BBC Homepage World Service Education
BBC Homepagelow graphics version | feedback | help
BBC News Online
 You are in: World: Europe
Front Page 
World 
Africa 
Americas 
Asia-Pacific 
Europe 
Middle East 
South Asia 
-------------
From Our Own Correspondent 
-------------
Letter From America 
UK 
UK Politics 
Business 
Sci/Tech 
Health 
Education 
Entertainment 
Talking Point 
In Depth 
AudioVideo 


The BBC's David Willey in Rome
"For part of the way the Pope carried a small wooden cross"
 real 28k

Friday, 21 April, 2000, 22:46 GMT 23:46 UK
Pope leads Good Friday procession
The Colosseum: where early Christians were martryred
The Colosseum: Where early Christians were martryred
Pope John Paul II carried a wooden cross inside the ruins of the ancient Roman arena, the Colosseum, in a torch-lit Good Friday procession.



Soon, from this place sanctified by the blood of the first martyrs, we shall go each on our own way

The Pope
Asking God to "grant to the men and women of the third millennium the light of faith", the Pope presided at the solemn service commemorating 14 episodes from Christ's arrest, crucifixion and burial.

The Pope himself wrote the texts of the 14 meditations read by speakers - only the second time he has done so in the 22 Easters of his pontificate.

The 79-year-old Pope visited the real scenes of Christ's final hours in Jerusalem last month.

Weary

After the Colosseum service, watched by millions around the world on television, he addressed a crowd of some 50,000 believers from the Palatine Hill.


The Pope carried the cross for two stations
The Pope carried the cross for two stations
Since 1994, when he broke his leg in a fall, the Pope has not carried the light-weight cross for the entire service.

This year he carried it for two of the stations, entrusting it to seven others, including a refugee boy from Angola, for the rest of the procession.

Wearing a red cape over his white cassock and walking with a stick, the Pope looked and sounded weary during the ceremony in the Roman arena where early Christians were martyred.

Human rights

In his address the Pope said Christians could better understand the plight of those who suffer injustice, humiliation, pain and despair today if they meditated on Christ's suffering.

"Soon, from this place sanctified by the blood of the first martyrs, we shall go each on our own way. We shall return home, turning over in our minds the very same events (of Christ's passion)," he said.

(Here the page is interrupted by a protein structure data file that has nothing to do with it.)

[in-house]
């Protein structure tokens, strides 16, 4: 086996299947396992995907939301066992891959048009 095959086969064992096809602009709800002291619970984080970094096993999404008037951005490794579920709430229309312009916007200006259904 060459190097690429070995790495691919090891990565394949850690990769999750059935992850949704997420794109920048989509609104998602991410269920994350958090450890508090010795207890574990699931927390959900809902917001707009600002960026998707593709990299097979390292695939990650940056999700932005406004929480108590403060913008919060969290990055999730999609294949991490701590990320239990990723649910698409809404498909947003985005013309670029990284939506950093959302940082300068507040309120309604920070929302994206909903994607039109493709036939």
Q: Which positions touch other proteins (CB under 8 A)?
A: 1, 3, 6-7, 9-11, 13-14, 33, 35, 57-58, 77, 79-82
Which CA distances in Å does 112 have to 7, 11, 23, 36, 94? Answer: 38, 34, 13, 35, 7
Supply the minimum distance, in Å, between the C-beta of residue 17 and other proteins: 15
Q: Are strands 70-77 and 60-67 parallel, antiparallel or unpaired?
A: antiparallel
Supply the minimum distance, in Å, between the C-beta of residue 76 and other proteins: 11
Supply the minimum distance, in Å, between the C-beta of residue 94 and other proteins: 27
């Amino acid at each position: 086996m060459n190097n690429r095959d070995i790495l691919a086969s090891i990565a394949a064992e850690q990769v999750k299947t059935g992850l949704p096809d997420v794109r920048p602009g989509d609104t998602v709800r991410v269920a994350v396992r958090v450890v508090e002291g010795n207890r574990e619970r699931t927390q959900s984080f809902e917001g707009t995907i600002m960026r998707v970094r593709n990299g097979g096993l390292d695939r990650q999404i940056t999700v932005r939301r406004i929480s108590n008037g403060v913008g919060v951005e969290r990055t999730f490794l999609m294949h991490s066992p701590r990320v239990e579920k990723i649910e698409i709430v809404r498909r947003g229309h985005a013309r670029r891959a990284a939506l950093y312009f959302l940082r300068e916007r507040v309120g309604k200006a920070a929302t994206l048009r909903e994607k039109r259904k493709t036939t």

"Who, if not the condemned Saviour, can fully understand the pain of those unjustly condemned.

"Who, if not the King scorned and humiliated, can meet the expectations of the countless men and women who live without hope or dignity?"

The Pope also touched on human rights concerns.

"Do not permit that we should turn away from those who are crushed by the cross of illness, loneliness, hunger or injustice," he prayed.

"Do not permit that there should be weeping for us and for the men and women of the new century."

Busy agenda

Good Friday marked the start of a hectic three-day Easter period for the Pope.

Earlier on Friday, the Pope heard the confessions of 10 ordinary Catholics chosen at random in St Peter's and presided at a long "Passion of the Lord" service in the basilica.

On Saturday night the Pope presides at an Easter Eve service.

On Easter Sunday, the most important day of the Christian liturgical calendar, he will deliver his twice-yearly "Urbi et Orbi" (To the City and the World) blessing and message to thousands of people in St Peter's Square.

Search BBC News Online

Advanced search options
Launch console
BBC RADIO NEWS
BBC ONE TV NEWS
WORLD NEWS SUMMARY
PROGRAMMES GUIDE
Europe Contents

Country profiles
See also:

12 Dec 99 | Europe
Pope backs Colosseum campaign
Internet links:


The BBC is not responsible for the content of external internet sites

Links to other Europe stories are at the foot of the page.


E-mail this story to a friend

Links to more Europe stories